Tag Archives: Do Lyrics Matter

What Makes A Great Song Lyric?

Bubbles from The Wire.

The Wire is the greatest TV show ever to have been aired. It’s brilliantly dark, socially conscious crime fiction that’s truer to life than most journalism. But what I love most about it is not the incredible characters, the plotlines, or its moral compass: it’s the dialogue.

It fizzles and crackles with electric wit, full of bizarre and charming colloquialisms, intrigue and awareness flowing out of every syllable. Comparisons with other TV shows fall flat: I’d put it alongside Shakespeare.

Like many great playwrights, the writers hang their dialogue onto themes and messages which run throughout the show. Sometimes it can be accidental: one character, while talking about something completely different, sums up the entire premise of the final series in its very first scene: “The bigger the lie, the more they believe.” – Bunk Moreland.

More often it is carefully measured, but equally apt: after spending a day with a detective in mid-town suburbia, a homeless man called Bubbles sums up the divide between rich and poor America in one line: “Thin line ‘tween heaven and here.” – Bubbles. Beautiful.

But how does this apply to your songwriting? The Wire’s dialogue maintains one crucial rule which all songwriters would do well to pay attention to: never does poetry compromise the reality of the show. At no point does Bunk Moreland speak in Iambic Pentameter. At no point does Bubbles wander lonely as a cloud. Every character speaks as they normally would, and the metaphors appear either through deliberately placed accidents or through the perfectly timed use of their colloquialisms.

The most common problem with amateur songwriters is that they feel they have to be a Romantic poet in order to reach a deeper truth. Unfortunately, they aren’t. You need an incredible grasp of the English language, a sensibility which allows you to see the exquisite beauty in daffodils, plenty of patience and plenty more opiates.

But you already have an incredible vault of words and wisdom to dig in to: your language, the way you explain the world, the accrued phrases that help you make sense of life. The Wire is successful because the lines stay true to its characters: if your lyrics stay true to your character, you won’t need the opiates.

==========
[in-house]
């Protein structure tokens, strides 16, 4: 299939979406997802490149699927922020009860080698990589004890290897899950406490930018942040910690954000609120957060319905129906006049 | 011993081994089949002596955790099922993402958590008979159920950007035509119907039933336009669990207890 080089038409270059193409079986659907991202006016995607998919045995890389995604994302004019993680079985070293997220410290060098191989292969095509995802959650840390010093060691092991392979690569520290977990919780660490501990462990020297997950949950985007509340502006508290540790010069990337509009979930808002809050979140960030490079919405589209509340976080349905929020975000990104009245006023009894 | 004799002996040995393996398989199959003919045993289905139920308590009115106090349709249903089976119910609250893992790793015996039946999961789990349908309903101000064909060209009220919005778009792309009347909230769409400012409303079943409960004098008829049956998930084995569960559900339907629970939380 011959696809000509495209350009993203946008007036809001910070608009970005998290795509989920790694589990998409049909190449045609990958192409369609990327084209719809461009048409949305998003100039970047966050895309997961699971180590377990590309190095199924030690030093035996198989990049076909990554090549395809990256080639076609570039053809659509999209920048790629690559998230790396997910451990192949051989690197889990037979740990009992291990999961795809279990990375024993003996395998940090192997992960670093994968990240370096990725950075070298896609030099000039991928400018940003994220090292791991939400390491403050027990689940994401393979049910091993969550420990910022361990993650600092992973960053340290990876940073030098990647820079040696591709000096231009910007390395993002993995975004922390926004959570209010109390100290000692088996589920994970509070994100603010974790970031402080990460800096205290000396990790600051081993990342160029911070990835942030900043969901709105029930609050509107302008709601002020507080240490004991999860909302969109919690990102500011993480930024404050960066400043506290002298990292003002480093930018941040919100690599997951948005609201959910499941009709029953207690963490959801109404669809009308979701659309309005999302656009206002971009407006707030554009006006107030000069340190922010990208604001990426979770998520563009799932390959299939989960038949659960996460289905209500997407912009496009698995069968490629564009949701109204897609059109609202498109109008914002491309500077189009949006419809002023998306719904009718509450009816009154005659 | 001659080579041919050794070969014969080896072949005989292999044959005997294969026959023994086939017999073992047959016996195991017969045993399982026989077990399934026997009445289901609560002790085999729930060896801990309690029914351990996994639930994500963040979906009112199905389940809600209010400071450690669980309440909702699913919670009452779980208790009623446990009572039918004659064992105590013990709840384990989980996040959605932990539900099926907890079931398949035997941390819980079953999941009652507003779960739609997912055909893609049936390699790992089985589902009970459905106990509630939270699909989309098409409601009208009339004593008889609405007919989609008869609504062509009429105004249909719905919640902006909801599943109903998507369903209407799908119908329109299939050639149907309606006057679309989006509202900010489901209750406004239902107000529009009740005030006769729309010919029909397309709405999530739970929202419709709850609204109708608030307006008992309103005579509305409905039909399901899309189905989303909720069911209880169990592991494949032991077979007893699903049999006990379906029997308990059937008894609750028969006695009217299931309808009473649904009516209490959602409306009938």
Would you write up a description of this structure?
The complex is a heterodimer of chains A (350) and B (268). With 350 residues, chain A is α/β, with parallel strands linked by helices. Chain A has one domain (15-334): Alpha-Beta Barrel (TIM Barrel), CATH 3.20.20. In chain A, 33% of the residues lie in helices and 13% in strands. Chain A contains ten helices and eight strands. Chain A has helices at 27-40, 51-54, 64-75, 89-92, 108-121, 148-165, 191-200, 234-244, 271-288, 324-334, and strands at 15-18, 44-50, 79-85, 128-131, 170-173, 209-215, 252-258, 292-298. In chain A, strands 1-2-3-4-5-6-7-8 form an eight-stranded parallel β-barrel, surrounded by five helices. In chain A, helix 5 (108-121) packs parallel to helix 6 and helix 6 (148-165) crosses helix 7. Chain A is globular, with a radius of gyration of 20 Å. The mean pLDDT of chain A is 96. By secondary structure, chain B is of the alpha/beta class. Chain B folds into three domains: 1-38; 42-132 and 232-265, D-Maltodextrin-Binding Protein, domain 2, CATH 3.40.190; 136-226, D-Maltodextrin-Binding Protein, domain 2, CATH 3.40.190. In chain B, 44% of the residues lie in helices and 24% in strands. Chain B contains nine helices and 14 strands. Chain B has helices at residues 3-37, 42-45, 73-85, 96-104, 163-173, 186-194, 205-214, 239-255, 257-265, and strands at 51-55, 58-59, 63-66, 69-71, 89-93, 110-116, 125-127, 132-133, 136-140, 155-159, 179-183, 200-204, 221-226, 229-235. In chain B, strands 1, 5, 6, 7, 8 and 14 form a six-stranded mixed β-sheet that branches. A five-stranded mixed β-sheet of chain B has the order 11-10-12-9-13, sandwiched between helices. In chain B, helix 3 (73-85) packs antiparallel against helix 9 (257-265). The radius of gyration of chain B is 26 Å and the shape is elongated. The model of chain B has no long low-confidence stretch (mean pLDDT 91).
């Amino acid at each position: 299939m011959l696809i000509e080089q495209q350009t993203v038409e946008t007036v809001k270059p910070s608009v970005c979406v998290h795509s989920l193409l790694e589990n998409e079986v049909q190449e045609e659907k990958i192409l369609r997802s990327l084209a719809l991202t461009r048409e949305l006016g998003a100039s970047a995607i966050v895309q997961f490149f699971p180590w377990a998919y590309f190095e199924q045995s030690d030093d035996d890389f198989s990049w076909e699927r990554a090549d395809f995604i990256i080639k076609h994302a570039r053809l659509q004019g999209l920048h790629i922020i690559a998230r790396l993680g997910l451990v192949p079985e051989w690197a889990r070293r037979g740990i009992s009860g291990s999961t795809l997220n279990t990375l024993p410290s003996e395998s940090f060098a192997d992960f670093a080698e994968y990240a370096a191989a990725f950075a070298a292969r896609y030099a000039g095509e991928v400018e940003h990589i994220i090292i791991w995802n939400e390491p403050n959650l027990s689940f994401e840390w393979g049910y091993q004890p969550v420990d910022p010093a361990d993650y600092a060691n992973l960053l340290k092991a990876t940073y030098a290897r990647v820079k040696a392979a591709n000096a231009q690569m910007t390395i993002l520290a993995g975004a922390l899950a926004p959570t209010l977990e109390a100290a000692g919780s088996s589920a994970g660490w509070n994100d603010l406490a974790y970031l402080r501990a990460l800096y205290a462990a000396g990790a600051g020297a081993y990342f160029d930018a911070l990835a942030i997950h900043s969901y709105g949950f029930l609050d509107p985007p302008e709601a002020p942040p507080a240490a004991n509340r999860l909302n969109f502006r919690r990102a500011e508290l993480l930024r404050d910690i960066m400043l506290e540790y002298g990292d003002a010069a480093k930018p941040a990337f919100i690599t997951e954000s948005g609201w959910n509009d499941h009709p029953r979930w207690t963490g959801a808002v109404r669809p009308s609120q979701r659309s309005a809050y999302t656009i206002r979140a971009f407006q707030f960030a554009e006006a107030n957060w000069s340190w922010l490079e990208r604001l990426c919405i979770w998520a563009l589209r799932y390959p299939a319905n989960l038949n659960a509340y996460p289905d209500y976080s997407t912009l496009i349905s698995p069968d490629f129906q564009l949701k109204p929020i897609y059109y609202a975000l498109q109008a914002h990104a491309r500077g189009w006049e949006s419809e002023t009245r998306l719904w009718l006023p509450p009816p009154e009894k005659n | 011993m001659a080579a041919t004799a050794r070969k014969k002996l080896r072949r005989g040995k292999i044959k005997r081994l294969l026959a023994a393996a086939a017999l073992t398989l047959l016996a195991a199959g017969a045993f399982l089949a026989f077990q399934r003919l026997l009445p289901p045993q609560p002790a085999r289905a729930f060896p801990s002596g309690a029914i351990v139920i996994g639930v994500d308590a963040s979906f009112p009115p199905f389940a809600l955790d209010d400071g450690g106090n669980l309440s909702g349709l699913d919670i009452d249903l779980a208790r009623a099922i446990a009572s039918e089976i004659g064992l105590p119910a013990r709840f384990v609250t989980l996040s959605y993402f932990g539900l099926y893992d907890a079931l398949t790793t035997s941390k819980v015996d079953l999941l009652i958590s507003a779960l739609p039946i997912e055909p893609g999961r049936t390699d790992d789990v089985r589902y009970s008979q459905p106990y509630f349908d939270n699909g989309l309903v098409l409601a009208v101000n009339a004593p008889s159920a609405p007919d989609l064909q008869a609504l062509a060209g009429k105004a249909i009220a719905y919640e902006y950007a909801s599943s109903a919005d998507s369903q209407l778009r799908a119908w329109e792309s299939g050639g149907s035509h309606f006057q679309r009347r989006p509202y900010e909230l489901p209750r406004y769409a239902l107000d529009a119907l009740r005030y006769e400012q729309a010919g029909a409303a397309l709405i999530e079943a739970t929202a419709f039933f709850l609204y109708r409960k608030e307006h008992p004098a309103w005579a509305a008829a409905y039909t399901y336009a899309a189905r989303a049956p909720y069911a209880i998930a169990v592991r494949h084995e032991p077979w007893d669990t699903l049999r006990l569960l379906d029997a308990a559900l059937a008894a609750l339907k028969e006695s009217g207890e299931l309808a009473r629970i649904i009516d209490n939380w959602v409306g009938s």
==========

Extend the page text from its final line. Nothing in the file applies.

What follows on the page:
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Do Lyrics Matter In A Song?: Chuck Berry Vs B.B. King

The First Great Rock Lyricist: Dont Chuck Berry.

“The thrill is gone
The thrill is gone away
The thrill is gone baby
The thrill is gone away
You know you done me wrong baby
And you’ll be sorry someday”

The Thrill Is Gone – B.B. King

Reading B.B. King’s lyrics without accompaniment is a bit like peeing in a fridge: cold, unsatisfying, and not really what it’s meant for. Slapping his lyrics up on here does the great man a real disservice, but let’s take them as they are for a moment. They’re fairly pedestrian, without much depth or particular interest.

“Way down in Louisiana close to New Orleans
Way back up in the woods among the evergreens
There stood a log cabin made of earth and wood
Where lived a country boy named Johnny B. Goode
He never ever learned to read and write so well
But he could play a guitar just like ringing a bell

Johnny B. Goode – Chuck Berry

Compare his with Mr Berry’s. Chuck’s lyrics absolutely leap off the page. They’re so rich: full of character, energy, imagery, and humour. Mr Berry’s lyrics were so good they defined a whole genre. Not only that, but they lasted: I’ve heard that Johnny B. Goode has been appeared on more albums than any other song in history.

Before the King-ites come howling out of their Blues Dens, I’m not saying that Chuck beats B.B. I’m saying they’re equally good: Blues lyrics are more a vehicle for the music. They highlight the emotions in broad strokes, which is fine, but they struggle with detail.

What Chuck does differently is specificity. He narrows his focus, bringing in literary elements such as character, plot, and setting. He can tackle any subject – from political to romantic – and take it any way he wants – from humorous to sentimental.

The contrast between the two is huge: It’s the difference between seeing the world out of focus and seeing it in 20:20. Being able to accurately portray the world is the greatest and most important facility of the artist, and sometimes broad strokes is not enough.

So yes, lyrics do matter in a song. Unless, of course, you’re King of the Blues.

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